I'd prefer to see the members who follow this sub-forum more closely than I do debate how CSU's Atlantic Basin outlook for 2012 stacks up against the other forecasts that are currently available (WSI and TSR). It also appears Phillip Klotzbach has taken more of a lead role in the development of the CSU outlook, so that should place him in limelight more so than Dr. Gray as far as their outlook is concerned.

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    I didn't mean any disrespect really and "yahoos" may have been a poor word choice, it's just that they've said this almost verbatim the last 2 seasons and the the end result was the past 2 seasons have been exceptionally non-eventful. I don't think forecasting hurricane probabilities in April and especially forecasting the number of US landfall probabilities is really even worth attempting but I guess certain insurers and emergency preparedness leaders do something with this data and actually want these estimates?

    And yes, the fact many of these "experts" seem to be heavily invested on the idea of "man-made global climate change", kind of turns me off to any of their 'best guesses".
    Robert Keck

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    STexan - Dr Gray feels that human-influenced climate change is a conspiracy theory... I think you have it backwards.

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    Administrator Team Mark Blue's Avatar
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    Not a problem Robert, you didn't really single anyone out in your OP, I guess I was the dummy that asked for clarification. I'm sure hurricane forecasters have their work cut out for them trying to predict a season so far in advance. "Global Warming" is a whole other animal that I'd rather not get into as no one knows what the climate will be like 50 or more years from now. Only time will tell I suppose.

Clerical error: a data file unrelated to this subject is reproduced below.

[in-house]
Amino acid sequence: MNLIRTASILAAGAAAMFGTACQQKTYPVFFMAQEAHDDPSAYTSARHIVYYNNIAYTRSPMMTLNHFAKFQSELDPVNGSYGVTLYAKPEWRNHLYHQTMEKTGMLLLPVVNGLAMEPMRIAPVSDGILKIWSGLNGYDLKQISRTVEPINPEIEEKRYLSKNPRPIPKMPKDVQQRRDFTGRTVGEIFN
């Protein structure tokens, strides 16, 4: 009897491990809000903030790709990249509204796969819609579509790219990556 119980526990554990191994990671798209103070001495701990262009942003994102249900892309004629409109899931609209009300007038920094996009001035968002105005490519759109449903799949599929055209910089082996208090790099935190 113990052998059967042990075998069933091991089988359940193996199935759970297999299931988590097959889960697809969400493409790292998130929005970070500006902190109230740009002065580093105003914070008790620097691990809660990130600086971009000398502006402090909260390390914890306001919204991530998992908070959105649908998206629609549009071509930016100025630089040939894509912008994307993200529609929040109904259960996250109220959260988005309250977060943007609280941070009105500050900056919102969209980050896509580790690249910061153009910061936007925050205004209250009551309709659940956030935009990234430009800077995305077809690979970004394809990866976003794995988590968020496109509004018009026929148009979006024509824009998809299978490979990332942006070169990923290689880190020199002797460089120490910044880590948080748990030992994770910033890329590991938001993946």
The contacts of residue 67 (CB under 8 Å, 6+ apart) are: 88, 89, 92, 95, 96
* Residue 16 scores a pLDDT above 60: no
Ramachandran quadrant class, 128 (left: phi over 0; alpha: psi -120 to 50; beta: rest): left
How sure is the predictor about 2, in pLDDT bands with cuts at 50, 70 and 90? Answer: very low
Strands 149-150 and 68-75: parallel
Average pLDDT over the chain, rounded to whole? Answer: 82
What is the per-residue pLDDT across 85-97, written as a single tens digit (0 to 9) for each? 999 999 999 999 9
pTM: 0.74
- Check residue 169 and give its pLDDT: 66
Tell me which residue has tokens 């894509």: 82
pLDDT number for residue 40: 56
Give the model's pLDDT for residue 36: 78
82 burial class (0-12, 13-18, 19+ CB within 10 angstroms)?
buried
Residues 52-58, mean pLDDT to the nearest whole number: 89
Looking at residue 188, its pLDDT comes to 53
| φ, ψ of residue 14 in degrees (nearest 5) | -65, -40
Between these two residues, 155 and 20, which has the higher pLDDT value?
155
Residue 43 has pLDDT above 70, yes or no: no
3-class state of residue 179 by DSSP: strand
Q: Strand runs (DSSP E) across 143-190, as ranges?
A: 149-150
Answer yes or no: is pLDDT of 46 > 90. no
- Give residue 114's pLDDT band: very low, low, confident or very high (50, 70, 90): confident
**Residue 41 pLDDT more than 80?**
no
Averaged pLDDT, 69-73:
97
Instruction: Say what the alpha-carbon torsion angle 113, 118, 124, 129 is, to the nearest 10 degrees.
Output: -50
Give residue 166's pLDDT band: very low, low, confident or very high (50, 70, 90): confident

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    I didn't mean to over-generalize. There are plenty of respected scientists who disagree on different aspects of future climate change. But as rdale reiterated, this is not scientific disagreement, this is conspiracy theory: he thinks that the government is propagating fraud in order to install a new world order. That's not really the kind of mind I take seriously.

    And I suppose I was a bit hasty on judging their overly-precise forecasts: they do go into detail about the uncertainty in the forecast, but not until page 19 of their report. In my opinion it hurts the public's perception of science not to be up front with uncertainty, especially with extremely speculative forecasts such as these. We're talking a standard deviation of over 3 storms, which means they only have 67% certainty that there will be between 6 and 13 named storms. But they choose to give a fixed number, implying their forecasts are much more certain than they actually are.

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    I would like to see a detailed year-by-year comparison,
    between predicted numbers and actual numbers.

    Does anyone know where I can find one ?

    Also I would like to see unambiguous language in the predictions.
    Like, is the number a predicted "mean" or do they really mean to bullseye
    a single number. It hardly seems correct to say that they were totally wrong if
    they predicted 12, and we got 13. I hear a lot of this.

    It seems to me that the numbers they give out have been pretty close to the mark.

    It is also instructive to remember that the numbers that Dr. Gray predicts are for the
    Atlantic Basin, not just landfalling storms.

    I remember one year, my dad, a geographer, said something like
    "I wonder why anyone even reports those things anymore,
    last year they predicted 14 storms, and we didn't get but 2-3".
    I reminded him that the predictions are not just for the US,
    and they were actually right on the mark.

    Food for thought... -T